The smartest account of the past few bizarre, awful years in America is a movie you might not have heard of: Hello Dankness. It’s brilliant, it’s funny, and it’s made by a two-person team known as Soda Jerk—Australian-born sisters Dan and Dominique Angeloro, who are now based in New York. Masters of sampling, they’ve distilled our warped political and cultural reality—and how it’s felt to live through it—by seamlessly combining clips from movies, news, and memes into a feature-length creation. Film Forum in New York pounced on it for a theatrical run through September 28; The New York Times responded with a Critic’s Pick. Forget novelty mash-ups—Hello Dankness just might be a definitive summation of the 2016-2020 saga none of us has really processed.
“It was really about how weird that all felt in 2016,” the pair said about the rise of Trump. “When we embarked on it, we didn’t know the pandemic would happen, and we didn’t anticipate the shitshow of events that unfolded afterward.” They felt the need to set down a record of the era—a “psychic ledger.” In Hello Dankness, a first encounter with MAGA folk is hilariously portrayed with clips of Tom Hanks (from The Burbs) nervously checking out his new neighbors, an ominous house where a “Hillary for Prison” sign sits in the window (thanks to Soda Jerk’s clever digital alterations). Matching different clips, Reyn Doi from Barb and Star Go to Vista Del Mar pedals along on a bike, delivering newspapers, while Wayne and Garth wander the street, affiliation unknown.
Soda Jerk started in the music and activist worlds of Sydney, after growing up in the suburbs. Appropriation was the move: experimental hip-hop and noisecore, Napster music-sharing, artist squats, and seizing real estate were all fair game. “That’s really where our practice emerged—the politics of sampling,” they said, calling it “a form of civil disobedience.” The duo teamed up creatively to make an IP battle royale called Hollywood Burn (2002), then came to New York in 2012, where they found home in the film community. “We joined Spectacle Theater collective, which runs a microcinema in Brooklyn, and met a community of cinephiles that have kept us there ever since.”
Video installations in museums and galleries first showed Soda Jerk’s work, but the sisters fixated on feature-length filmmaking with Terra Nullius (2018)—a wild anticolonial dismantling of Australian history and culture that one funder called “un-Australian.” The experience of sustaining a work and an audience at this length was a turning point. “People will go to a cinema and watch it from beginning to end—none of this gallery bullshit where they walk in and walk out,” they said. Hello Dankness followed—incorporating and critiquing Internet influences while expanding to encompass the pandemic’s abyss—and premiered at the prestigious Berlin Film Festival, then New York’s cutting-edge new fest Prismatic Ground, before the Film Forum run.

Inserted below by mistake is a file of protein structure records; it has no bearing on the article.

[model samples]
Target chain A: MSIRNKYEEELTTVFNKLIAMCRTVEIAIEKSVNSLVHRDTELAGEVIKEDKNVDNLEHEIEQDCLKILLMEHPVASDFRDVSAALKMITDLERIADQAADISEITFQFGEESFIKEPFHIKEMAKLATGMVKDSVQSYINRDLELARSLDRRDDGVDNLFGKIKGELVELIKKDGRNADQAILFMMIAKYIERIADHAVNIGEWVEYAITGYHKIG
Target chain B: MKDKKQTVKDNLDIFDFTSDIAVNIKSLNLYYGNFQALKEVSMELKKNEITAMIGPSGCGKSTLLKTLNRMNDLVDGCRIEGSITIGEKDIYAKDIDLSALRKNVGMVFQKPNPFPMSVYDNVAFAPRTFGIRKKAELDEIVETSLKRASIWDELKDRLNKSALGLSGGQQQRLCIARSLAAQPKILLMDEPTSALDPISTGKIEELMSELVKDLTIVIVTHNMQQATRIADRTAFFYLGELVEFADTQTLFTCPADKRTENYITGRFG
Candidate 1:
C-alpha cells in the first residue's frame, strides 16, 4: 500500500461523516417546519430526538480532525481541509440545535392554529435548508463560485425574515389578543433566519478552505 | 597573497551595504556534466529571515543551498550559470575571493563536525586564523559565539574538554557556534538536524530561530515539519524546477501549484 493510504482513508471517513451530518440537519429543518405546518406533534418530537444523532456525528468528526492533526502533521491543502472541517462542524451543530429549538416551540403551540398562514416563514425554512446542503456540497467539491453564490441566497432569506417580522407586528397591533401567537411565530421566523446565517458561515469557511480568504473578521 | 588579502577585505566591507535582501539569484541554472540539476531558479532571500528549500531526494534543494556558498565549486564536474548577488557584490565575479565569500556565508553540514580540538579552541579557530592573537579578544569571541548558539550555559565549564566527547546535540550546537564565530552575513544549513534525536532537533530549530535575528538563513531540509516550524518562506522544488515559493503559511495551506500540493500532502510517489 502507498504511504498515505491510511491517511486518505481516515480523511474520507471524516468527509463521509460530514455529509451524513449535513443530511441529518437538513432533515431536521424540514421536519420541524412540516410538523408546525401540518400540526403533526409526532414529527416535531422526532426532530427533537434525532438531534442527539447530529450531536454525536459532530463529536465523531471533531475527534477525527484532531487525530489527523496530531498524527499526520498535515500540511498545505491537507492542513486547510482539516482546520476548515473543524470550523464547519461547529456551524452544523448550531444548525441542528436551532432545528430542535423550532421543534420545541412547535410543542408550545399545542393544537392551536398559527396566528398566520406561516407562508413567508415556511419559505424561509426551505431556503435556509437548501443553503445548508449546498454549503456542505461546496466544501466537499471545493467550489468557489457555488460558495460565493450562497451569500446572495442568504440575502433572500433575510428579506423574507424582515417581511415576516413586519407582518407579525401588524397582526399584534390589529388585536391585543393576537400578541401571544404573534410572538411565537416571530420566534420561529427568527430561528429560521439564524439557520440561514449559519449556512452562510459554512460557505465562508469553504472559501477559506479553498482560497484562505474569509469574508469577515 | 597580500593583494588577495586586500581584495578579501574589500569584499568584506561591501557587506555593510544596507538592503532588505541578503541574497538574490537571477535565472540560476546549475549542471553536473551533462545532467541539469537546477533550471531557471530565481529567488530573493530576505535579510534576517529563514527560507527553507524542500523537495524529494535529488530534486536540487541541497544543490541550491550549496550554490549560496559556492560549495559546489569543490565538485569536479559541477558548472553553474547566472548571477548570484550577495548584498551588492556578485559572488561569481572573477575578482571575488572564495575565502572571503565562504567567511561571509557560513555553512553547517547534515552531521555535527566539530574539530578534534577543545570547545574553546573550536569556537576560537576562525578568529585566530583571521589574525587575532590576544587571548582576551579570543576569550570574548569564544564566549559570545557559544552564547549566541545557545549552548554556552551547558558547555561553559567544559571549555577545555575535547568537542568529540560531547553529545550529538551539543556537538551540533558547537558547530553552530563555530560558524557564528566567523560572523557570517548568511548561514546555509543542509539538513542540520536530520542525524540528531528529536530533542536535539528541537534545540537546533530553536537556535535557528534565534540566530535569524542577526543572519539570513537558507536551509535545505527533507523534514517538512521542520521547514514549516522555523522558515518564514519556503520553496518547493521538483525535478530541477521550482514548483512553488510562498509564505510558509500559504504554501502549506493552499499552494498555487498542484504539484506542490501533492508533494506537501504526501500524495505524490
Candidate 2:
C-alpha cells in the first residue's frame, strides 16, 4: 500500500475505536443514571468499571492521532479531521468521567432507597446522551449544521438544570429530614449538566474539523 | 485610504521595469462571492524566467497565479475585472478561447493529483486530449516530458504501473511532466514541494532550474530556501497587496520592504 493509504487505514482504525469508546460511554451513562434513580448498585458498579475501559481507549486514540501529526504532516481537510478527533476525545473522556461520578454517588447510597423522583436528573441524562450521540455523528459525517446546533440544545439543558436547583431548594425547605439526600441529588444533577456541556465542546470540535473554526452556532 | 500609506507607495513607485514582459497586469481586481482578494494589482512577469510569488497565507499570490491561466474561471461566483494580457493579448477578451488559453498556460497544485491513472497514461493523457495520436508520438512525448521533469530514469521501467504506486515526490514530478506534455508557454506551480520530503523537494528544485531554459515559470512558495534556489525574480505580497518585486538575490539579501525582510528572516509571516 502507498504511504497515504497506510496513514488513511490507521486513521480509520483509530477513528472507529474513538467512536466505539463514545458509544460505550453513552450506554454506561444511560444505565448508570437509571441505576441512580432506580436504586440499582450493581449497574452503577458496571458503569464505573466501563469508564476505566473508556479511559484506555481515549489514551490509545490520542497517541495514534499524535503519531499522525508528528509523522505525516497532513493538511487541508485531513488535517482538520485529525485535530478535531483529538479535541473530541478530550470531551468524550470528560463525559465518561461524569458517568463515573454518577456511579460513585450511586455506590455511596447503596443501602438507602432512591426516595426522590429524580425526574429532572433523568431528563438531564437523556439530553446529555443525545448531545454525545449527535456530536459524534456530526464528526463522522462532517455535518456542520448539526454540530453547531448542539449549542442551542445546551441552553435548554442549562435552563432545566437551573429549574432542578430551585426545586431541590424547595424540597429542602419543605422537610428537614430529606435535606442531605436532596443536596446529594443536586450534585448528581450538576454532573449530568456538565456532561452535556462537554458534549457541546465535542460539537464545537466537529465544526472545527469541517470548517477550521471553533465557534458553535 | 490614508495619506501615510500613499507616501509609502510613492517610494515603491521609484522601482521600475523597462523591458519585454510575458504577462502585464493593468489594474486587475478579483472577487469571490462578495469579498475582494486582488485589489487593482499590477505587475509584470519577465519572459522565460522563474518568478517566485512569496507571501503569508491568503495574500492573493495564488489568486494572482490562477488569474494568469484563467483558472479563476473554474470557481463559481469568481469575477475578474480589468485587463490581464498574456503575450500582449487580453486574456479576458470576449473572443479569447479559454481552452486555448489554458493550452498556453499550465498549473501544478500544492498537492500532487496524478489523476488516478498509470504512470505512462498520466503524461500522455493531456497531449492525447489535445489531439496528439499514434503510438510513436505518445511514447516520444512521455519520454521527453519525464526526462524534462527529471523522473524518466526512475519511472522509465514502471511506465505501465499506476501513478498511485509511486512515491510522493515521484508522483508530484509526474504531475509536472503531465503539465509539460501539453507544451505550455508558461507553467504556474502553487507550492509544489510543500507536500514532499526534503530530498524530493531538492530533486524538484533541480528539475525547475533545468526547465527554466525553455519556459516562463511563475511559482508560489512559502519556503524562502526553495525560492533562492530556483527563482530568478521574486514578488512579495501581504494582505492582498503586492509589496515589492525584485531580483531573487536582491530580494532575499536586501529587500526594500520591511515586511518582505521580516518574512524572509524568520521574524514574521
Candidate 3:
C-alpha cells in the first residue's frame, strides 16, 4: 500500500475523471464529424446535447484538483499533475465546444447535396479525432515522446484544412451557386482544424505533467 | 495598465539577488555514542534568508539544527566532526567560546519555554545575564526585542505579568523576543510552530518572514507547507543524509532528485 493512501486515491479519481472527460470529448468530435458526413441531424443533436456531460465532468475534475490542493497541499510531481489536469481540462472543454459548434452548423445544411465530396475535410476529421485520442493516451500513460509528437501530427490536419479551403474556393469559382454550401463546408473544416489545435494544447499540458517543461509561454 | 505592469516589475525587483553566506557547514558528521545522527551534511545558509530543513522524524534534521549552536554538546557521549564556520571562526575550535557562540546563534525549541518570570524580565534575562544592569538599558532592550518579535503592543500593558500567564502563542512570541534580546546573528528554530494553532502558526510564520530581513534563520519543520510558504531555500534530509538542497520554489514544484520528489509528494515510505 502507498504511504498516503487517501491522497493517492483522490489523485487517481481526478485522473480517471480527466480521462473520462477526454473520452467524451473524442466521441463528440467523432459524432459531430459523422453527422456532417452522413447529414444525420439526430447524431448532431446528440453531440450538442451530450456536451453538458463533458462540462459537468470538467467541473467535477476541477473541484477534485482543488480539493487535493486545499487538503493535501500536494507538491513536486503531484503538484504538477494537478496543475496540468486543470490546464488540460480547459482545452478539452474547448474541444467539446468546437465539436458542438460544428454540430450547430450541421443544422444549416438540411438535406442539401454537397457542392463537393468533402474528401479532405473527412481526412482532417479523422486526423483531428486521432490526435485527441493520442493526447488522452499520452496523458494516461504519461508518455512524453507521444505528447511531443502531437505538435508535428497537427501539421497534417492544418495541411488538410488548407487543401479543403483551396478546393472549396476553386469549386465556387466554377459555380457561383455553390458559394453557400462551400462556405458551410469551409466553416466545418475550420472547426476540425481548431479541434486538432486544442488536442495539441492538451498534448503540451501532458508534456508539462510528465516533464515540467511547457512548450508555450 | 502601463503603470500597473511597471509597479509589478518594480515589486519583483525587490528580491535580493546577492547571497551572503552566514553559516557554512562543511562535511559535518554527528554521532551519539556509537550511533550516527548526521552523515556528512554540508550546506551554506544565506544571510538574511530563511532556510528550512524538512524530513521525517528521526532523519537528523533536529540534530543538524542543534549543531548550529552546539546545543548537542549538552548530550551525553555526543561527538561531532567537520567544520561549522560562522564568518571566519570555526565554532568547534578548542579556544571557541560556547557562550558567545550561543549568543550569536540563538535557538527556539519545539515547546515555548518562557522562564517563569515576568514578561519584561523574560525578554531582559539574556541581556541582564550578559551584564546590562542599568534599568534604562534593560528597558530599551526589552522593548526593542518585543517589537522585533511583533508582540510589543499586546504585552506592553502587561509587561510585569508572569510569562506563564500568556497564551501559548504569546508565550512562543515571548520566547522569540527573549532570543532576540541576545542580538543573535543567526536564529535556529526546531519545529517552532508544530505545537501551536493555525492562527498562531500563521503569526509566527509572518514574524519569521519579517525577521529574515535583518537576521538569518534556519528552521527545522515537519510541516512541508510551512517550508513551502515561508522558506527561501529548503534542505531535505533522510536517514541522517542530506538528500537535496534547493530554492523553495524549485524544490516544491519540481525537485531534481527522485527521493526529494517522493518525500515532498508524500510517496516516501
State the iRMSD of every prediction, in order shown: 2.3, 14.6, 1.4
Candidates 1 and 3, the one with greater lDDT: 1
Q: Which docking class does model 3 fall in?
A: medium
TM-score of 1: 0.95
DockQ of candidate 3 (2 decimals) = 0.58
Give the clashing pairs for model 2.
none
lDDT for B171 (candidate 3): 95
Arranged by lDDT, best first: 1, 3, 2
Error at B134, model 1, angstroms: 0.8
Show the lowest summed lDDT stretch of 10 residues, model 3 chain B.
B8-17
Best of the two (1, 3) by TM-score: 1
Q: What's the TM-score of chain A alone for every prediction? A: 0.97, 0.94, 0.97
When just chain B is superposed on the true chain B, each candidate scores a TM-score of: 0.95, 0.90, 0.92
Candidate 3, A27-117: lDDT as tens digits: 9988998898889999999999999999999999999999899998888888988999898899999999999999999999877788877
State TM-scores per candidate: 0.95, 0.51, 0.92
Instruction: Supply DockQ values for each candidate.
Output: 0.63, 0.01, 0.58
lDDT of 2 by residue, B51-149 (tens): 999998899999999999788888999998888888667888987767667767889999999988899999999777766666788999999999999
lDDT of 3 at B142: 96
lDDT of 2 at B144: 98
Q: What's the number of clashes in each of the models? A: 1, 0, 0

Soda Jerk spoke with me over video from a hotel in South Korea, where they were jurors at the Seoul International Women’s Film Festival for its 25th edition. Audiences had questions about Hello Dankness, they said, but “you realize these things are so collective for so many people.” That’s precisely the genius behind Soda Jerk’s style of sampling: not the disposable meme-style references, but a harnessing of the expressive power within the original movies to new purposes. In this way, Hello Dankness works on multiple levels. Hanks’s shuffling haplessness in The Burbs is the perfect look for a well-meaning voter overwhelmed by electoral forces that feel aggressive. The suburban setting bespeaks actual voter bases, according to each character’s vibe and manner: Hanks is a Bernie voter, Annette Bening from American Beauty stumps for Hillary, while Wayne and Garth… maybe you don’t want to know. Later, dazed daytime scenes from A Nightmare on Elm Street capture the unreality of soldiering on in the face of the pandemic and, well, everything else.
Creating Hello Dankness was a constant process of clip-and-idea formation, with the timeline of current events providing a spine. “We have these whiteboards in our studio, representing the different acts and chapters, and they’re constantly being reworked in terms of plotlines,” Soda Jerk said. Genre films were effective for representing “the complete rupture to the everyday.” Stoner postapocalyptic comedy This Is the End, for example, gets new life by representing the shock of Trump’s 2016 victory.
The artistic teamwork of Soda Jerk feels inspired—and inspiring. “We’re both in the studio every day. Cutting the edit, doing all of the sampling and generative stuff together.” (I manage to coax out one difference: Dan rotoscopes—the act of projecting movie images onto a glass panel and tracing them onto paper—till the cows come home, but hates doing emails.) Next up: a joyous “Big gay film.” They welcome the change of pace. “Hello Dankness has a vexed relationship to hope,” the pair said. “We don’t even know if hope is the thing we need right now. Hope doesn’t kick your ass.” Words to live by in these times—and with Hello Dankness, a visual vocabulary to make sense of it all.